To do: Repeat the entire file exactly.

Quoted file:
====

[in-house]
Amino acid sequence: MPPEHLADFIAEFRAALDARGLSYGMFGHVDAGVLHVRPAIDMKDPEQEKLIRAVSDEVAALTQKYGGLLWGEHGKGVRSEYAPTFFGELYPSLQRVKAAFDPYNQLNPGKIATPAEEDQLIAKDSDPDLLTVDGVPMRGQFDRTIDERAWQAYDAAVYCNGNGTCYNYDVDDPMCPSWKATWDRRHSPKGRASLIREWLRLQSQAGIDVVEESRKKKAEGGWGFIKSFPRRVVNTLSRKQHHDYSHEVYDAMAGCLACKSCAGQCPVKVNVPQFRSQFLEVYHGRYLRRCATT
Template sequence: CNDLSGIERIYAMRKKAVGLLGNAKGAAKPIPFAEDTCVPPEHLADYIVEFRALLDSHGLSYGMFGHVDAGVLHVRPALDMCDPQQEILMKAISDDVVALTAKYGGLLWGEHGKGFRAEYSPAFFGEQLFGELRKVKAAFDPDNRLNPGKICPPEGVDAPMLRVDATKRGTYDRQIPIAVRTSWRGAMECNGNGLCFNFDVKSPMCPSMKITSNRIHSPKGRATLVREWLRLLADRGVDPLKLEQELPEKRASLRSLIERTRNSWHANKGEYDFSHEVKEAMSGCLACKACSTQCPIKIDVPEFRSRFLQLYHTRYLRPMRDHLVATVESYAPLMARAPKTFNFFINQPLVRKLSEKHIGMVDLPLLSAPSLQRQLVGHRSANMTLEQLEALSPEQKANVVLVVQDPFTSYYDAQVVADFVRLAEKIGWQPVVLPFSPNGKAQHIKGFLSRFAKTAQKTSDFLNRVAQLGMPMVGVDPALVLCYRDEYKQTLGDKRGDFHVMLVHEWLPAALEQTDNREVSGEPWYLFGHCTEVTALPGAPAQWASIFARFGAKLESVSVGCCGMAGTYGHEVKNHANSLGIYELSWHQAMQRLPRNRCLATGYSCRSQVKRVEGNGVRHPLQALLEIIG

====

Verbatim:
[in-house]
Amino acid sequence: MPPEHLADFIAEFRAALDARGLSYGMFGHVDAGVLHVRPAIDMKDPEQEKLIRAVSDEVAALTQKYGGLLWGEHGKGVRSEYAPTFFGELYPSLQRVKAAFDPYNQLNPGKIATPAEEDQLIAKDSDPDLLTVDGVPMRGQFDRTIDERAWQAYDAAVYCNGNGTCYNYDVDDPMCPSWKATWDRRHSPKGRASLIREWLRLQSQAGIDVVEESRKKKAEGGWGFIKSFPRRVVNTLSRKQHHDYSHEVYDAMAGCLACKSCAGQCPVKVNVPQFRSQFLEVYHGRYLRRCATT
Template sequence: CNDLSGIERIYAMRKKAVGLLGNAKGAAKPIPFAEDTCVPPEHLADYIVEFRALLDSHGLSYGMFGHVDAGVLHVRPALDMCDPQQEILMKAISDDVVALTAKYGGLLWGEHGKGFRAEYSPAFFGEQLFGELRKVKAAFDPDNRLNPGKICPPEGVDAPMLRVDATKRGTYDRQIPIAVRTSWRGAMECNGNGLCFNFDVKSPMCPSMKITSNRIHSPKGRATLVREWLRLLADRGVDPLKLEQELPEKRASLRSLIERTRNSWHANKGEYDFSHEVKEAMSGCLACKACSTQCPIKIDVPEFRSRFLQLYHTRYLRPMRDHLVATVESYAPLMARAPKTFNFFINQPLVRKLSEKHIGMVDLPLLSAPSLQRQLVGHRSANMTLEQLEALSPEQKANVVLVVQDPFTSYYDAQVVADFVRLAEKIGWQPVVLPFSPNGKAQHIKGFLSRFAKTAQKTSDFLNRVAQLGMPMVGVDPALVLCYRDEYKQTLGDKRGDFHVMLVHEWLPAALEQTDNREVSGEPWYLFGHCTEVTALPGAPAQWASIFARFGAKLESVSVGCCGMAGTYGHEVKNHANSLGIYELSWHQAMQRLPRNRCLATGYSCRSQVKRVEGNGVRHPLQALLEIIG